How risky is Crowd Fund Investing (CFI)? Capital Flow & Investor Protection

Crowd Fund Investing is probably less risky than public companies because the crowd has access to more, and easier to understand, information about the entrepreneur and his company.  In CFI, no one is forced to make an investment.  Quite the contrary, people typically won’t make an investment unless they feel comfortable about an idea and the entrepreneur behind the idea. His executive summary will discuss the idea, how it will make money and why people should invest in him.  Since CFI is an “all or nothing” platform, if an entrepreneur doesn’t hit his funding goal because he didn’t have a winning idea or he asked for too much money, then the investors don’t fork over their cash.

Doing nothing isn’t an option because if we don’t get capital flowing to entrepreneurs/startups, then they won’t create the jobs that will spur the economy. Since the banks aren’t lending, credit cards are charging exorbitant interest rates and the private equity folks are only concerned about the next Facebook, someone has to help the little guy.

Crowd Fund Investing is based on groups of individuals giving small amounts of money, $50, $100, $500, to entrepreneurs to help them start their businesses.  While we suggest a $10,000 limit to each investor, based on the way crowd funding works, we highly doubt individuals will be making singular, large investments like that.  Another way, we reduce risk by limiting exposure.

On top of this, in our proposal, entrepreneurs will be limited to raising no more than $1M.  Most entrepreneurs, however,  will not be looking for $1M, so defrauding people of a lot of money will be limited and second, anyone who wants to take advantage of an investor has to manipulate many small investments; hardly enough, we believe, from warranting a crook from coming up with a Madoff-type scheme to take advantage of a bunch of little investors.  At that, he better be good because the crowd’s going to ask him a lot of questions about his business model.  We suggest the entrepreneurs raise capital in “rounds.”  Each round should be limited in scope and the entrepreneur should be required to meet milestones before moving on to successive rounds.  Communicating with the crowd and meeting milestones will create credibility with the crowd for future rounds or the entrepreneur won’t be able to raise any more money.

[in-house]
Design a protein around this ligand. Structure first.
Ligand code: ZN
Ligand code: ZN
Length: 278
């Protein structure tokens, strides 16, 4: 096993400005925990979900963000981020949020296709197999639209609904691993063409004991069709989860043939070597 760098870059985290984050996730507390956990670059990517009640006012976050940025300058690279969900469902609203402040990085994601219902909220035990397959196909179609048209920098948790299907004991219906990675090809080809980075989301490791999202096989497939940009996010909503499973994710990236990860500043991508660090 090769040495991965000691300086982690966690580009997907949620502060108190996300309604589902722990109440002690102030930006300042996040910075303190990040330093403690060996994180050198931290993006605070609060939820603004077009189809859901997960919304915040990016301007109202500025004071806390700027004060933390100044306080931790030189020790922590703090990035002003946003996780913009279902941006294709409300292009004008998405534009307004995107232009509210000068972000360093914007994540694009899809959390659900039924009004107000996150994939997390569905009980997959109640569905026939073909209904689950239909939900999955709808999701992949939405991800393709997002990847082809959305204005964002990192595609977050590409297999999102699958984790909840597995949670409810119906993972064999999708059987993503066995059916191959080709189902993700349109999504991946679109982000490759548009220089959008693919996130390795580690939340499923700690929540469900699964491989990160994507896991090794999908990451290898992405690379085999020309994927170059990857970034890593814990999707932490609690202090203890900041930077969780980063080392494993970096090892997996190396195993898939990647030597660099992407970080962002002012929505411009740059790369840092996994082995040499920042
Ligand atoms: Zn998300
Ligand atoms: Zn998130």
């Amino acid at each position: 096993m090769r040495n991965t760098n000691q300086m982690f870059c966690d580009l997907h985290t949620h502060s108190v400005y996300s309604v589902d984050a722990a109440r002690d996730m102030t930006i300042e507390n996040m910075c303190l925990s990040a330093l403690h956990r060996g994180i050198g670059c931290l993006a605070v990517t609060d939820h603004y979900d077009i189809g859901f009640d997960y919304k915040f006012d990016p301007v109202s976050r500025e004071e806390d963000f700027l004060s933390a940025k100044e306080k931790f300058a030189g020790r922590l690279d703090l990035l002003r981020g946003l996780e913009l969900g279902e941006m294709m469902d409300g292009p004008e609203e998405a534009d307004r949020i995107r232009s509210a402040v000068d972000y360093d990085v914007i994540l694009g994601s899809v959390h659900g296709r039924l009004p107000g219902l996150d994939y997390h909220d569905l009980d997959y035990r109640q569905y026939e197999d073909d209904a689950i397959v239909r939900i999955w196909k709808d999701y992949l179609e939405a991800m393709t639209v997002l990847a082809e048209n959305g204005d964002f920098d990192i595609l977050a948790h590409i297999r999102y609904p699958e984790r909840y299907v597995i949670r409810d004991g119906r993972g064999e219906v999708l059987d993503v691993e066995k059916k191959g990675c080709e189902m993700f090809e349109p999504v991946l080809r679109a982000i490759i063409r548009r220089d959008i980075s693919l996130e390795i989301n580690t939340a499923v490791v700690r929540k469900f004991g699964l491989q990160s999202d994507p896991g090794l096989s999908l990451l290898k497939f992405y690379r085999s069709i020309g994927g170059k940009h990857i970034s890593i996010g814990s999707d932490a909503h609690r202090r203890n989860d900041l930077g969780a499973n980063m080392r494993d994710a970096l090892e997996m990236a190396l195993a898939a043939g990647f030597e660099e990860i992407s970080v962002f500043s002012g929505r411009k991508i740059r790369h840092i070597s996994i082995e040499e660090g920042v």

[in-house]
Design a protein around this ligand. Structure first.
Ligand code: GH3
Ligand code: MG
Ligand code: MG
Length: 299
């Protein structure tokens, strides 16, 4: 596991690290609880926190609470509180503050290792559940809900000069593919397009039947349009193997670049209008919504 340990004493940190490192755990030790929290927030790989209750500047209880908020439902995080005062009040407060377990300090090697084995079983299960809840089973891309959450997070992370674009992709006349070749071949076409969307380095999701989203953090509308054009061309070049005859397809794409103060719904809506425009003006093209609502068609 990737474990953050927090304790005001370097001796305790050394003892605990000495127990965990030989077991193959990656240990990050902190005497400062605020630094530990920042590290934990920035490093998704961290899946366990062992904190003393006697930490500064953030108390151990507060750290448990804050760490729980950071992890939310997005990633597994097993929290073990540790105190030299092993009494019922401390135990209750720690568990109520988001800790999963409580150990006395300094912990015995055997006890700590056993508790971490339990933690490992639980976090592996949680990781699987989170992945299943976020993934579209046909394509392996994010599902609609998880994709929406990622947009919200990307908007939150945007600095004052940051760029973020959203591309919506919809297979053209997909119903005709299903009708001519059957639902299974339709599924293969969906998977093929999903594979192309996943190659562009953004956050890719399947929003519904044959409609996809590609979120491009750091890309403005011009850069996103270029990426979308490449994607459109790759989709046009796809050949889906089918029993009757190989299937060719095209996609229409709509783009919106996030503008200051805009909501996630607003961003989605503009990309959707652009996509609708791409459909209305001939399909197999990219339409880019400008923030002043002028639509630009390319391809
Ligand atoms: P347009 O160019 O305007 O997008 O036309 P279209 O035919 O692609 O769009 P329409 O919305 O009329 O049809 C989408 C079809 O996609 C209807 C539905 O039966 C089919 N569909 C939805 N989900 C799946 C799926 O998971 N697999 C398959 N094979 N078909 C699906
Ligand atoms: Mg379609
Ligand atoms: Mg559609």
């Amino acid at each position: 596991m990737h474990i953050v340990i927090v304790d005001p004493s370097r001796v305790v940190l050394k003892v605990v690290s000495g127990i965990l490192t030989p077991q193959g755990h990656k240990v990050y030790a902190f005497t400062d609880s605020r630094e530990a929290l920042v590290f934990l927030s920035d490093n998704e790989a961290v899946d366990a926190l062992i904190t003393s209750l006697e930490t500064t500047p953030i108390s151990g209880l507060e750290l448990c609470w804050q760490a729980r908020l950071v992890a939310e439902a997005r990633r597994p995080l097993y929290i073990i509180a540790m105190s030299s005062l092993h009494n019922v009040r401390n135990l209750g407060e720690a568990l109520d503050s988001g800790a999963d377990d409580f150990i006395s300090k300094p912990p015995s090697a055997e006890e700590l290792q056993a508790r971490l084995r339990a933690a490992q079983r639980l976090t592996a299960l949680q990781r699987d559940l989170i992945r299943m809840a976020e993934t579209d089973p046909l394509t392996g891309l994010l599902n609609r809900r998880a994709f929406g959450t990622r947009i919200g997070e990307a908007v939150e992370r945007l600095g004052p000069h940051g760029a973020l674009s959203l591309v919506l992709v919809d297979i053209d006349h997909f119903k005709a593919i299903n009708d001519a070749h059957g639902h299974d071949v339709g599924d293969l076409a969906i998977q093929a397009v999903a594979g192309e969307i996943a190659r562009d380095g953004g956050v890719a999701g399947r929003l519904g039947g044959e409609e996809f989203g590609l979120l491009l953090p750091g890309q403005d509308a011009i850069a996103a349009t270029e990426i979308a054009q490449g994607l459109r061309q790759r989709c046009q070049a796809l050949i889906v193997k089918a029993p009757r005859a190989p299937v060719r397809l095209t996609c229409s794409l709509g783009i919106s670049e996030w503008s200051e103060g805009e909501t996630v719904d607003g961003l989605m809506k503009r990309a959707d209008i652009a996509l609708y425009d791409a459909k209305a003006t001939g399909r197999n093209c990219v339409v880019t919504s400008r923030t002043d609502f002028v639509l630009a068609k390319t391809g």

With the internet the way it is today, you can’t open your mouth anymore without someone having something to say about it.  So as for investor protection we think there’s something to be said about crowd vetting.  Because no one is holding a gun to the crowd’s head, individually, they will have a voice in whether or not they decide to invest.  The crowd can also research information about an entrepreneur online, see his approval rating on websites like ebay, see peer reviews on linkedin or see what he’s tweeting about.  We also think the entrepreneurs should be willing to provide their credit information to either show their credit worthiness or explain why the investors shouldn’t be concerned.

The platforms that have the most success when this legislation passes will be the ones that have mitigated risk for the investor, developed tools to hold the entrepreneur accountable and have transparency for all.  There’s only so much you can do.  Commonsense rules like the ones we have presented provide a framework from which to make this happen.  When it comes to little sums like this that can mean the world to a startup, we need to rethink these antiquated laws.



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